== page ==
United Nations

UN is an international organisation founded after World War II aims to provide a dialogue platform between countries, fortifying international corporation and preventing future wars. There are currently 193 members lead by five permanent members of the Security Council - US, Russia, UK, France, and China. The organization currently has six principal organs: General Assembly, Security Council, Economic and Social Council, Secretariat, International Court of Justice, and the Trusteeship Council.  

CommentInsight & Opinion

Talking points

Our editors will be looking ahead today to these developing stories ...

PUBLISHED : Monday, 31 December, 2012, 12:00am
UPDATED : Monday, 31 December, 2012, 3:23am

HK children rate the government

Hong Kong youth will weigh in on the pressing issues in the past year, in the Annual Report of the Civil Children's Ombudsman which the Society for Community Organisation releases today. Underprivileged children rate the government's performance and evaluate its policies for the youth in 2012. They will also list their top 10 concerns for the coming year.


UN team ties loose ends in East Timor

A United Nations "liquidation team" will take over in East Timor after the pull-out of peacekeepers, 13 years after the country won independence from Indonesia in a UN-led referendum. Australian and New Zealand troops have gone, and only a few UN police remain in Dili. UN officials, who view the peacekeeping mission as a rare success, are confident they will be leaving a stable nation under President Taur Matan Ruak.


WTO lists possible next leaders

The World Trade Organisation will come up with a final list of candidates for its top post. Observers are expecting a break from tradition with the selection of a non-European and non-American director general. So far, South Korea, Brazil, Indonesia, Kenya, Jordan, Ghana, Costa Rica, Mexico and New Zealand have put forward candidates - a handful of whom are women. The WTO general council will interview the hopefuls next month.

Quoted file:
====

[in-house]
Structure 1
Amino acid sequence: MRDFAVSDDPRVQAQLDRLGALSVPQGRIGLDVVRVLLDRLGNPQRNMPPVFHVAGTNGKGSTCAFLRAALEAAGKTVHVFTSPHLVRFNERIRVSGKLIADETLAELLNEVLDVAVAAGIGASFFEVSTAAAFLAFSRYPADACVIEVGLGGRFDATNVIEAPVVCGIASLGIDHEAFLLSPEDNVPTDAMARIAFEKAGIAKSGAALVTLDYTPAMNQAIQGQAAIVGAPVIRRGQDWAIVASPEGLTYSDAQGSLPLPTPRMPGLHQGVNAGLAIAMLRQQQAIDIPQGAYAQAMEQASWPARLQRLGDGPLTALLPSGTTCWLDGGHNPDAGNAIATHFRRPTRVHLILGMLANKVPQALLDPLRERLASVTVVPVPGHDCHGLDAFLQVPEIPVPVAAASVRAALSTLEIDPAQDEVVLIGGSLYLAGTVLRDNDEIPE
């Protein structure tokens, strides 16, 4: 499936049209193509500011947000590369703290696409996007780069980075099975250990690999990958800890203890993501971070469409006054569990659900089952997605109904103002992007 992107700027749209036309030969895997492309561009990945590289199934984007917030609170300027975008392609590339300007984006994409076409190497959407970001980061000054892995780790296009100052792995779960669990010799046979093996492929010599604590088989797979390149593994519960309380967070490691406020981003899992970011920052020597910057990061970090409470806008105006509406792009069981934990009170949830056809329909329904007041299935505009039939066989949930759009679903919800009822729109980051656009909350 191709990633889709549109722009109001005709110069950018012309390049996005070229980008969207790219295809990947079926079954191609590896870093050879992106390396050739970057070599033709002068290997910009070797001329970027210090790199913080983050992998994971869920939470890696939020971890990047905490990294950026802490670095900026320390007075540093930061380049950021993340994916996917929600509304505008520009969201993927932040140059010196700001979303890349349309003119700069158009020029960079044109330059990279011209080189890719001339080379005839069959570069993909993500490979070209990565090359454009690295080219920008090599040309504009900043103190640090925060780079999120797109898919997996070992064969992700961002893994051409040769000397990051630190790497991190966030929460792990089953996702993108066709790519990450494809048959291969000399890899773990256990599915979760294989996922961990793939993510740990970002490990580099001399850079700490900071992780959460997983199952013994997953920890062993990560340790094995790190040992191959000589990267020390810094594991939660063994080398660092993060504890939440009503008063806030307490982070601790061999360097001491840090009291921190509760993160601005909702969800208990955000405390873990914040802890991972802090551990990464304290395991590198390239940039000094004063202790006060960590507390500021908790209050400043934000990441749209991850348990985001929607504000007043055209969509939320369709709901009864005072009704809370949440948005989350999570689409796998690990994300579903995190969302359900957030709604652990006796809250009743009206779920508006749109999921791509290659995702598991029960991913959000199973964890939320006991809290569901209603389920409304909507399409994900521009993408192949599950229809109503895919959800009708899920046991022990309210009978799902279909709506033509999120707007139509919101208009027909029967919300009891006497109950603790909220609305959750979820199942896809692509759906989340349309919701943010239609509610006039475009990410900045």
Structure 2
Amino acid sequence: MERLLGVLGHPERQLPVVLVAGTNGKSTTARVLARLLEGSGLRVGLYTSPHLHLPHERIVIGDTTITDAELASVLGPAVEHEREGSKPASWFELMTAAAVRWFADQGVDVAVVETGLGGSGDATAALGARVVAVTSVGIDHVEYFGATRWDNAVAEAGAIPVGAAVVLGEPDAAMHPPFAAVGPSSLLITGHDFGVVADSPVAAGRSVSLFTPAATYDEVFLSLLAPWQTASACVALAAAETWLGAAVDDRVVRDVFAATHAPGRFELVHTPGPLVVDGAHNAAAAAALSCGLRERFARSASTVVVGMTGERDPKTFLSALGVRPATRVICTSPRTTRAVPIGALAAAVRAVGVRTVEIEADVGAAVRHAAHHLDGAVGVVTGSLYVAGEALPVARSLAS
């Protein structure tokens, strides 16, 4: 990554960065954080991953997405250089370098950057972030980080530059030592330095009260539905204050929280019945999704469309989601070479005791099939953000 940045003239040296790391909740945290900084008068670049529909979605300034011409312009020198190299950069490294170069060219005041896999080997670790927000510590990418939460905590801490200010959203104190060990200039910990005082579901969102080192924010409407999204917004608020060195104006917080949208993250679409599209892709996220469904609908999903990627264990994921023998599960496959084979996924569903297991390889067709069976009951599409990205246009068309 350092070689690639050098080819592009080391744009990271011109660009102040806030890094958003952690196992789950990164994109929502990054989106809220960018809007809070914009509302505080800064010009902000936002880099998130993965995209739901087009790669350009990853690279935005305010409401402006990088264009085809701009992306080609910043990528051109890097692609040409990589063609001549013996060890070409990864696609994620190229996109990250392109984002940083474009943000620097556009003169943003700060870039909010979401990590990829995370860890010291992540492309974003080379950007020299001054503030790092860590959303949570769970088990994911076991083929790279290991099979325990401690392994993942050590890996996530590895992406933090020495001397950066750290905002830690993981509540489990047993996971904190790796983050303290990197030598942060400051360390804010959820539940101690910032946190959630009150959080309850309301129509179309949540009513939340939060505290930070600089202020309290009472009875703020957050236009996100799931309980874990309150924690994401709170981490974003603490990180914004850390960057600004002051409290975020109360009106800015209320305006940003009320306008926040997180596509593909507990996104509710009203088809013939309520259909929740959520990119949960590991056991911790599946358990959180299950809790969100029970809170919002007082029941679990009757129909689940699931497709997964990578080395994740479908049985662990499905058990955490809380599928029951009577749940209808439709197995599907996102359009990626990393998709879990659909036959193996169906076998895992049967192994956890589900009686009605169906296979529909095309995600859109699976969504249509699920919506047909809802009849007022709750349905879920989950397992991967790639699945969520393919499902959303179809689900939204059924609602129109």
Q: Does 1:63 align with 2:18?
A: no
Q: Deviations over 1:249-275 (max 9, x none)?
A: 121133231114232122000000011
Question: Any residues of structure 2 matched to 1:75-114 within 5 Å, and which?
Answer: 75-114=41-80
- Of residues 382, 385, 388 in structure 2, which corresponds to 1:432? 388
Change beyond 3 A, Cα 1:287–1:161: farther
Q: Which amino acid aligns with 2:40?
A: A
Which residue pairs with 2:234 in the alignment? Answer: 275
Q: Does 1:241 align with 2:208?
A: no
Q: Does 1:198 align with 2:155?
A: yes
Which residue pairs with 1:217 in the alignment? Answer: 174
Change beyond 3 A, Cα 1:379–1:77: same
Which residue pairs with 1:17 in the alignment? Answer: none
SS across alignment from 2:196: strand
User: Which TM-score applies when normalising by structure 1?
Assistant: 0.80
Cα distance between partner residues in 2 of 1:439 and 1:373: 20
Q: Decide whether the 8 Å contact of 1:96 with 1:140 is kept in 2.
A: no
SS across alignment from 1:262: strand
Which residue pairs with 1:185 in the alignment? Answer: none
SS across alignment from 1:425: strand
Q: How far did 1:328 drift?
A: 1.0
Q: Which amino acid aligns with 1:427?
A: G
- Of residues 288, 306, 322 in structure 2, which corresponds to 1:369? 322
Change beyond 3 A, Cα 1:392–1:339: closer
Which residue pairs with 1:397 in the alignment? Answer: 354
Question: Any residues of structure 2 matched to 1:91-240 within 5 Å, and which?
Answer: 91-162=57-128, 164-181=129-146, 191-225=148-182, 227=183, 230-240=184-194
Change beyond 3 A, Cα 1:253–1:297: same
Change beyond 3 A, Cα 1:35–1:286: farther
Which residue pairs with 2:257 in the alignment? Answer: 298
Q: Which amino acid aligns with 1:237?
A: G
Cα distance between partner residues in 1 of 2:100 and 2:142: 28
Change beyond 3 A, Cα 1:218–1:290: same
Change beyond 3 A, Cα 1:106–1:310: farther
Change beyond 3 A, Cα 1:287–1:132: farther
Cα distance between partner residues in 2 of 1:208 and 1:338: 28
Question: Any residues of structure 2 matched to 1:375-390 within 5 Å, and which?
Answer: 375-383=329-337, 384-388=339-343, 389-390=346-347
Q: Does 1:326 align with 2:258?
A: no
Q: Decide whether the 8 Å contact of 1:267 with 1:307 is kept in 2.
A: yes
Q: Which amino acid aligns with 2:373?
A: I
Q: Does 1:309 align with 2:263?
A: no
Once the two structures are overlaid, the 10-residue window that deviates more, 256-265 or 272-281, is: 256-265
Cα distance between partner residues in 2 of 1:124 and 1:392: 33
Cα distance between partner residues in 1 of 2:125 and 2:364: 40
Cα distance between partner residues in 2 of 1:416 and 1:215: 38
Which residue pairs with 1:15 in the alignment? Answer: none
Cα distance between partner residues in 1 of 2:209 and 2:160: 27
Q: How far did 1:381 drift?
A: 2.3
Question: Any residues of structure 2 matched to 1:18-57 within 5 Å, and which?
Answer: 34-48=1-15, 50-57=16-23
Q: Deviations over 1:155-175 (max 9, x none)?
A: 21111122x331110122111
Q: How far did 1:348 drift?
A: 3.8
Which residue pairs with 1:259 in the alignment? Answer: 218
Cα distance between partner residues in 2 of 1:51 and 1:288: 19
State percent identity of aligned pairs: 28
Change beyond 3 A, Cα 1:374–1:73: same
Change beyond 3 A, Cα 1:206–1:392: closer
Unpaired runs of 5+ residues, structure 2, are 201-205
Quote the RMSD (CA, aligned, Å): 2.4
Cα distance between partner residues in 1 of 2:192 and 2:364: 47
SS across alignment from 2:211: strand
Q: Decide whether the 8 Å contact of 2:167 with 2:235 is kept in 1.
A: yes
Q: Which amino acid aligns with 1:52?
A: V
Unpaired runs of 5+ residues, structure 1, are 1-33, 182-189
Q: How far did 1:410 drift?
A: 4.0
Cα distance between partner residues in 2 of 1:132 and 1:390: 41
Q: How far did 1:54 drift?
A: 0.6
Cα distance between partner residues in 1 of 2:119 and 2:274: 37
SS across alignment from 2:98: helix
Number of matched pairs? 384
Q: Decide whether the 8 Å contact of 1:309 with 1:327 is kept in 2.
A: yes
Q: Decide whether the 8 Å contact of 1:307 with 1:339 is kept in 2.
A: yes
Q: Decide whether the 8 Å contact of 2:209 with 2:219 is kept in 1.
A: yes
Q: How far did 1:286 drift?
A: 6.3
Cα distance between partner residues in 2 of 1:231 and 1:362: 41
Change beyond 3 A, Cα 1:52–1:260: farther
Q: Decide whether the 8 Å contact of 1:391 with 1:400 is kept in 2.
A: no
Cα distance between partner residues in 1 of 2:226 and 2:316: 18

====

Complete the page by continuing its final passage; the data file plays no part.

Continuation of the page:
Tax cuts expire amid US fiscal cliffhanger

America faces a far less celebratory countdown on New Year's Eve, with key economic policies set to expire tonight, including Bush-era tax cuts and benefits for more than two million unemployed people. Upon the urging of President Barack Obama, Senate majority leader Harry Reid, a Democrat, has promised to hold an urgent "yes or no" vote today in the sharply divided upper house to avoid the so-called "fiscal cliff".


New Canterbury archbishop rises

A new spiritual leader takes charge of a flock of around 85 million Anglicans, as Rowan Williams officially steps down as Archbishop of Canterbury and is succeeded by Justin Whelby. Among the last controversies Williams oversaw was opposition to the ordination of women bishops, which he called "wilfully blind". Whelby is seen as being similarly open-minded, and though he opposes same-sex marriage, says he will "listen attentively" to the LGBT community.


Bring on the New Year's Eve revelry

The world is gearing up for a sparkling New Year's Eve. In Hong Kong, highlights are the countdown party at Times Square and the Jardines midnight gun salute in Causeway Bay, and the pyrotechnics at the Exhibition and Convention Centre in Wan Chai. But not all are taking the occasion lightly. The Philippines, for one, has put out warnings against firecrackers and celebratory gunfire, which have injured hundreds this season.



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